Tonight, feeling a little guilty (not enough to do much about it) about not tackling the massive and highly anticipated--by me--pontification on Hulme, I went to my bookshelves to look for a poem. It's Sunday, after all, and this is the first weekly entry for Sunday Poetry. I wanted to choose a poem that was, you know, "just right" for the first of the series. On a whim, I picked up a little book a lot like that book I grabbed at that old Bookfair: The Hoosier Book of Riley Verse, collected and arranged by Hewitt Handson Howland on behalf of James Whitcomb Riley.
The book is ancient. It smells of dust and ink. It's printed on that old "onion skin" paper, and has the same pretentious mottled gold along the three edges of the closed pages as do my various Oxford publications and my scriptures. It is falling apart. BUT, there is that particular SOMETHING about it that makes it a pleasure to hold and to touch. It is heavy for its size--heavy they way you hear the produce man in the grocery store describe the best tomatoes or cantaloupes.
I don't know a thing about J.W. Riley, but very surprised nonetheless when, an hour or so ago, I read Mr. Howland's introduction to the collection, and, as it turns out, Riley felt the same way about his books:
"When James Whitcomb Riley was a very small boy, too young to read, he fell in love at first sight with a book, and like all intense lovers he at once desired to possess the object of his affection. By thrift and careful hoarding he got together pennies equal to the price, and the little red and gold 'poetry book' fell into his eager, outstretched, freckled hands.
"Now he did not love this early treasure for what it contained, but for its look, for the feel of it in his hand, as he afterward said."
I don't even know where I got this book (a pretty rare thing for me, especially considering my most usual bookmark is the receipt of the book's purchase), but I know I kept it for its look and feel. I suppose once upon a time I even flipped through it. I must not have been all that impressed, because I don't know for sure if I actually ever looked inside or not (I just hate to admit that I bought a book that I didn't even open!).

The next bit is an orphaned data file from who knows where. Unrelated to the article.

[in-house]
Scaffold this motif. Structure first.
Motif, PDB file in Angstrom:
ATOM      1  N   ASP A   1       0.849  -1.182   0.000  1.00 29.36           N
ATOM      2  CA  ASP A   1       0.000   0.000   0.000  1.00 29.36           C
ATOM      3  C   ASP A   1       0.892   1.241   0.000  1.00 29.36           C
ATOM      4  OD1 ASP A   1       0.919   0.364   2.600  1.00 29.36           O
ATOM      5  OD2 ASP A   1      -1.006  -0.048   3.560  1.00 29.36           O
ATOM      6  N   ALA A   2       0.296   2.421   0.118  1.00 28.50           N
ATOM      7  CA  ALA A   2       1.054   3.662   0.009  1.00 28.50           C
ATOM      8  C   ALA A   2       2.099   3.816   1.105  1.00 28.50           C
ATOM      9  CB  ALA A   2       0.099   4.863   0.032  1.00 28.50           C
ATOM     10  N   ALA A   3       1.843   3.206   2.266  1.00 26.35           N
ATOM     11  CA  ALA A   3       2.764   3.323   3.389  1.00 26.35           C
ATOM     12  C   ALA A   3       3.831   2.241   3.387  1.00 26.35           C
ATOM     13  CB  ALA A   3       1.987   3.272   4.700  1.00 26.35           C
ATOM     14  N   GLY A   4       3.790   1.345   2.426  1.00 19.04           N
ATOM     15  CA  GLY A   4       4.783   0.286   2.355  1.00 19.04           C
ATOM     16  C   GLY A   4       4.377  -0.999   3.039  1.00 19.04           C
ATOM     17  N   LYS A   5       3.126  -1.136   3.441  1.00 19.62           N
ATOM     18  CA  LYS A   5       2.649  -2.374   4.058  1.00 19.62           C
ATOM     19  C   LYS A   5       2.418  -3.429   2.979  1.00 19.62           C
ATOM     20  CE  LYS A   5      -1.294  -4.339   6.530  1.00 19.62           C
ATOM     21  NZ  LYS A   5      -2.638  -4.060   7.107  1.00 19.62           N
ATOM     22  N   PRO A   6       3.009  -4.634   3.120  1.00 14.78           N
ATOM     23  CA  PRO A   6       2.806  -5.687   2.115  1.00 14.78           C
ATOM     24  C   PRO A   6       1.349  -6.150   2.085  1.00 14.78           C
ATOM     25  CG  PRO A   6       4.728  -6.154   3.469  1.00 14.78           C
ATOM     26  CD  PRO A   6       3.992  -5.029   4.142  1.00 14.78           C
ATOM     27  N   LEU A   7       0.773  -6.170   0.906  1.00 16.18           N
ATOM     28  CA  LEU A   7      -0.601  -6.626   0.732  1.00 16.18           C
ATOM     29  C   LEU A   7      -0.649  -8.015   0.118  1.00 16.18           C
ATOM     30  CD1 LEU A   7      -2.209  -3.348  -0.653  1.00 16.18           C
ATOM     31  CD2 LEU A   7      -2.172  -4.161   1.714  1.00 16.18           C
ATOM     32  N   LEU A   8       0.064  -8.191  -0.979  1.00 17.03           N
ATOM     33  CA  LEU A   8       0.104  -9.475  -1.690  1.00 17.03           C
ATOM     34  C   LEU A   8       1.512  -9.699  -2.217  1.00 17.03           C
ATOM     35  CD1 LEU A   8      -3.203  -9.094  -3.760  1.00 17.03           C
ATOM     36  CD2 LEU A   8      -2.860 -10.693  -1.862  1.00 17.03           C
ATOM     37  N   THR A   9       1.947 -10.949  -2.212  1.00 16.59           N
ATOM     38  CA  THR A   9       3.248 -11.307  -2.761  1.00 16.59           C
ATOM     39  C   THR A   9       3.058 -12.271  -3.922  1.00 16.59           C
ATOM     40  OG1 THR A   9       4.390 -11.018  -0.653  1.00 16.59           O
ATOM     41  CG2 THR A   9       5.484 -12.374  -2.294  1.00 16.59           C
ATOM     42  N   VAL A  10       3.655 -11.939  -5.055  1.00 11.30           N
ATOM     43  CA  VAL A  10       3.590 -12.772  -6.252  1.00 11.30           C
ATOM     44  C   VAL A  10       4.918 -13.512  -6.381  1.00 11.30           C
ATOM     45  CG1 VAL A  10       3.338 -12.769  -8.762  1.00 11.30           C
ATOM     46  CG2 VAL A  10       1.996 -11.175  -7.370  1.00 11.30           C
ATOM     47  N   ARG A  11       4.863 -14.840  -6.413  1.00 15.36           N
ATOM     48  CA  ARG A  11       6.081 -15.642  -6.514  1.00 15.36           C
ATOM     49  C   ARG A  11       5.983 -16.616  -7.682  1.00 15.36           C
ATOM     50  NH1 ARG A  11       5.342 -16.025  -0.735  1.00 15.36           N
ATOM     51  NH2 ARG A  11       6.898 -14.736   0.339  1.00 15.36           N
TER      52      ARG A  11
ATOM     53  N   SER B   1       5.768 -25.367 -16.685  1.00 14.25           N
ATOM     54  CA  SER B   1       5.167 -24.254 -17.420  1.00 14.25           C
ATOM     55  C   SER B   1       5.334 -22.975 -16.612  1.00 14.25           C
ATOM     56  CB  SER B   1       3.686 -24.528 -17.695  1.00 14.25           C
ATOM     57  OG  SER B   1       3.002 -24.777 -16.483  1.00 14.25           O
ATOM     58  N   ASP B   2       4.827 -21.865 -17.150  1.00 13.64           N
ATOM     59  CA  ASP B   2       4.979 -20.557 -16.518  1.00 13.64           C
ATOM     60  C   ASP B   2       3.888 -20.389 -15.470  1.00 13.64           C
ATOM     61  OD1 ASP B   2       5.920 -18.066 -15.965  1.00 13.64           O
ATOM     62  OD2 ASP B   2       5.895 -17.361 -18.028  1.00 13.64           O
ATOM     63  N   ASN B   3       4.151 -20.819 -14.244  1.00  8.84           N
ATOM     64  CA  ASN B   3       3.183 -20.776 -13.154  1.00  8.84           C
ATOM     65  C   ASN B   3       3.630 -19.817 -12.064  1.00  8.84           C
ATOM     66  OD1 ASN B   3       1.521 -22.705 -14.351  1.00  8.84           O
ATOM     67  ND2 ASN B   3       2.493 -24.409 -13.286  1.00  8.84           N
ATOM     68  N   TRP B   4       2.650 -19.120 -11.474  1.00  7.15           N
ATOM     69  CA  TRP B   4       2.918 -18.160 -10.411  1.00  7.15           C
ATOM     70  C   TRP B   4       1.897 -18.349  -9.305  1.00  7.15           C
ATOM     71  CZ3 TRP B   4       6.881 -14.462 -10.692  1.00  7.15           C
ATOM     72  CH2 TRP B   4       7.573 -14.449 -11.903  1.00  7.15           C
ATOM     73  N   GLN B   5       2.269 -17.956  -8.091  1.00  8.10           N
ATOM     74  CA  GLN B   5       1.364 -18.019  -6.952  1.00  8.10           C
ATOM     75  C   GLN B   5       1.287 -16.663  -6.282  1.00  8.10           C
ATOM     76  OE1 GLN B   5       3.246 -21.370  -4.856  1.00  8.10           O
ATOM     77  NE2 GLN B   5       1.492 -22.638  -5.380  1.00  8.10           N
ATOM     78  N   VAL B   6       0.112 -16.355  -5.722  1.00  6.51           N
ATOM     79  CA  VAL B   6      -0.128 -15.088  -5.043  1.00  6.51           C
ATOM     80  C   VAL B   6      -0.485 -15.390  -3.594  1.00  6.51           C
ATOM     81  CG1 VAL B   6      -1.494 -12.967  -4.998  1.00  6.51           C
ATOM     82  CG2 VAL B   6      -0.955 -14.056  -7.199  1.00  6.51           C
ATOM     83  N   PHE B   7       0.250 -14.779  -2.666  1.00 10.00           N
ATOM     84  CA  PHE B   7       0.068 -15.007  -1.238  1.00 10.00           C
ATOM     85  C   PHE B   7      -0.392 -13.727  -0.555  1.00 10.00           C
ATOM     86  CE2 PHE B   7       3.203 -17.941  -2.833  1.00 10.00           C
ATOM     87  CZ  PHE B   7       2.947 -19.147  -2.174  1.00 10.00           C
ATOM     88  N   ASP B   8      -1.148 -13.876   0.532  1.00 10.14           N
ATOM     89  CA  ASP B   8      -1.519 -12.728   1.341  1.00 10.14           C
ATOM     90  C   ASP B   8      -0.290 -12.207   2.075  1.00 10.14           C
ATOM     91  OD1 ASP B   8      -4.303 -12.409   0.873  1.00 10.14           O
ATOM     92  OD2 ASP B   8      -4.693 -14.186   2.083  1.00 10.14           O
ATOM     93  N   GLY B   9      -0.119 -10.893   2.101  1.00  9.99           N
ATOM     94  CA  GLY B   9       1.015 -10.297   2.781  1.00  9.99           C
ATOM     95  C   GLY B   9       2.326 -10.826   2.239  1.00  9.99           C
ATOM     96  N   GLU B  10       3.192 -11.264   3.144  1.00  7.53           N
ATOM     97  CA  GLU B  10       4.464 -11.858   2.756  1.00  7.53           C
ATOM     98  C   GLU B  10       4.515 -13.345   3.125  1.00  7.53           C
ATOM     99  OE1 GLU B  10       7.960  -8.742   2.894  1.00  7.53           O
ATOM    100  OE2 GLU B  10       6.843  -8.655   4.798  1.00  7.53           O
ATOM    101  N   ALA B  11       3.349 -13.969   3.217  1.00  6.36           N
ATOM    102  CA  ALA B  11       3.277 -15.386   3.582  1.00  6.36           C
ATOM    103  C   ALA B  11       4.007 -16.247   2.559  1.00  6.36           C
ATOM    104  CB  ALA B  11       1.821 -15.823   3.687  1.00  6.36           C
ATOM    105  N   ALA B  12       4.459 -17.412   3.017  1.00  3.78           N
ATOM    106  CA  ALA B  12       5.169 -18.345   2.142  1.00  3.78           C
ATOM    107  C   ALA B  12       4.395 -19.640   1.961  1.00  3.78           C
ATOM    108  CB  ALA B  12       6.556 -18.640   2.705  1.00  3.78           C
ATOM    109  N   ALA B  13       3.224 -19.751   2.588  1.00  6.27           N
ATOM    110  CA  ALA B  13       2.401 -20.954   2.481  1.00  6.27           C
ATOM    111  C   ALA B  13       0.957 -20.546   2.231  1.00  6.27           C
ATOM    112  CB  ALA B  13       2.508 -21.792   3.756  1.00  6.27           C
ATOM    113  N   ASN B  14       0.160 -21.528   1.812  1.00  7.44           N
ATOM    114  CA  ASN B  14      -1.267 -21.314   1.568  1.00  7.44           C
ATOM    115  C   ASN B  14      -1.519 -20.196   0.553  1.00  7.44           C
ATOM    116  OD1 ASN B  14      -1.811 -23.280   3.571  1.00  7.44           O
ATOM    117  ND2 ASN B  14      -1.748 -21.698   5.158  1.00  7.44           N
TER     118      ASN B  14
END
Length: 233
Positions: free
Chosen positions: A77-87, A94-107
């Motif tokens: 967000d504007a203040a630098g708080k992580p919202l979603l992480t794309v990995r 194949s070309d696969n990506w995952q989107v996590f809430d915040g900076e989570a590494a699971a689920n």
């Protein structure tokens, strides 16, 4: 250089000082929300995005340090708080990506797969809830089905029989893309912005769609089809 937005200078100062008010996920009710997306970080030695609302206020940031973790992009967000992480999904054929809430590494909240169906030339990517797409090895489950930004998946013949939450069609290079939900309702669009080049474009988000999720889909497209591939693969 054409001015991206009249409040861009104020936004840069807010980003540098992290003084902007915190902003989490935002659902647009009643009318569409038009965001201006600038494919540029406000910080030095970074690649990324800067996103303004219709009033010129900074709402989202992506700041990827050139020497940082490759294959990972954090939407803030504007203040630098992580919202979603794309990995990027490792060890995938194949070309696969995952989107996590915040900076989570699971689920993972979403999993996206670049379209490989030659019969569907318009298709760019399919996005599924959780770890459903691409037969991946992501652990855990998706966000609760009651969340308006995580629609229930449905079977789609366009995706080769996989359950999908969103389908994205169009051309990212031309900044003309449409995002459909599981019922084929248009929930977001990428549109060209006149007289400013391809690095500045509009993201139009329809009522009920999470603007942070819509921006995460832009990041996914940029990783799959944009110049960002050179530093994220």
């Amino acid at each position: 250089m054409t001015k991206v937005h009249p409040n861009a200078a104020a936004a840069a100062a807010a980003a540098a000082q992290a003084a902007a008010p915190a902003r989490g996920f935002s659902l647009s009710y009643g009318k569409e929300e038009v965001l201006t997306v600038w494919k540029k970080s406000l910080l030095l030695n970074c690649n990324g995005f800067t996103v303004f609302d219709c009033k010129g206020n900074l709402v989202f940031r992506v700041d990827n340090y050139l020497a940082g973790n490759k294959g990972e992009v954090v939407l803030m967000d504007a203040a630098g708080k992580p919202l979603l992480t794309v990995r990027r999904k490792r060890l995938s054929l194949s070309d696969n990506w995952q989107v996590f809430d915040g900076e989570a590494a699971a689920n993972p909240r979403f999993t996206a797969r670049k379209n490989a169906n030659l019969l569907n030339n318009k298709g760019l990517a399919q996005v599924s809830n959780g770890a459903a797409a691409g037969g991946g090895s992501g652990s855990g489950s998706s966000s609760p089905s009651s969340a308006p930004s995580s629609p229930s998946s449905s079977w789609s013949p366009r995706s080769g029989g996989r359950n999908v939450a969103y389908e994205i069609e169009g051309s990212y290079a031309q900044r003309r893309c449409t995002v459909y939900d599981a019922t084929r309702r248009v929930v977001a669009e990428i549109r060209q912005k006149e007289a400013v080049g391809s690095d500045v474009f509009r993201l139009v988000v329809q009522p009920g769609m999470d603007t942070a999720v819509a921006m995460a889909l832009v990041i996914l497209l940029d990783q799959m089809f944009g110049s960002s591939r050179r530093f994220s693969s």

Now I'm glad I've revisited it. The poetry is a riot of colloquial humor, wisdom, nonsense, and love, all particular to this poet's varied heritage. (When I wikipedia'd him--typed his name into the engine and waited the .834-whatever second for the entry to pop up--I expected a short blurb with birth and death dates and maybe a bibliography. Holy crap, was I wrong! BIG entry. This was some man. Check him out.)
To give you an idea of the poetry--or "verse," it says of itself without airs--here contained, a few of the section titles, whose poems--yes POEMS!--are reminiscent of some crazy cross between Uncle Remus, Shel Sylverstein, John Keates (go ahead and call me out on this; I will defend!), and Pablo Neruda:
- NEIGHBORLY POEMS
- PIPES O' PAN AT ZEKESBURY
- POEMS OF CHILDHOOD
- THE ARMAZINDY
Jack the Giant Killer
Bad Boy's Version
Tell you a story--an' it's a fac':--
Wunst wuz a little boy, name wuz Jack,
An' he had a sword an' buckle an' strap
Maked of gold, an' a "'visibul cap";
An' he killed Gi'nts 'at et whole cows--
Th' horns an' all--an' pigs an' sows!
But Jack, his golding sword wuz, oh!
So awful sharp 'at he could go
An' cut th' old Gi'nts clean in too (sic)
'Fore 'ey knowed what he was goin' to do!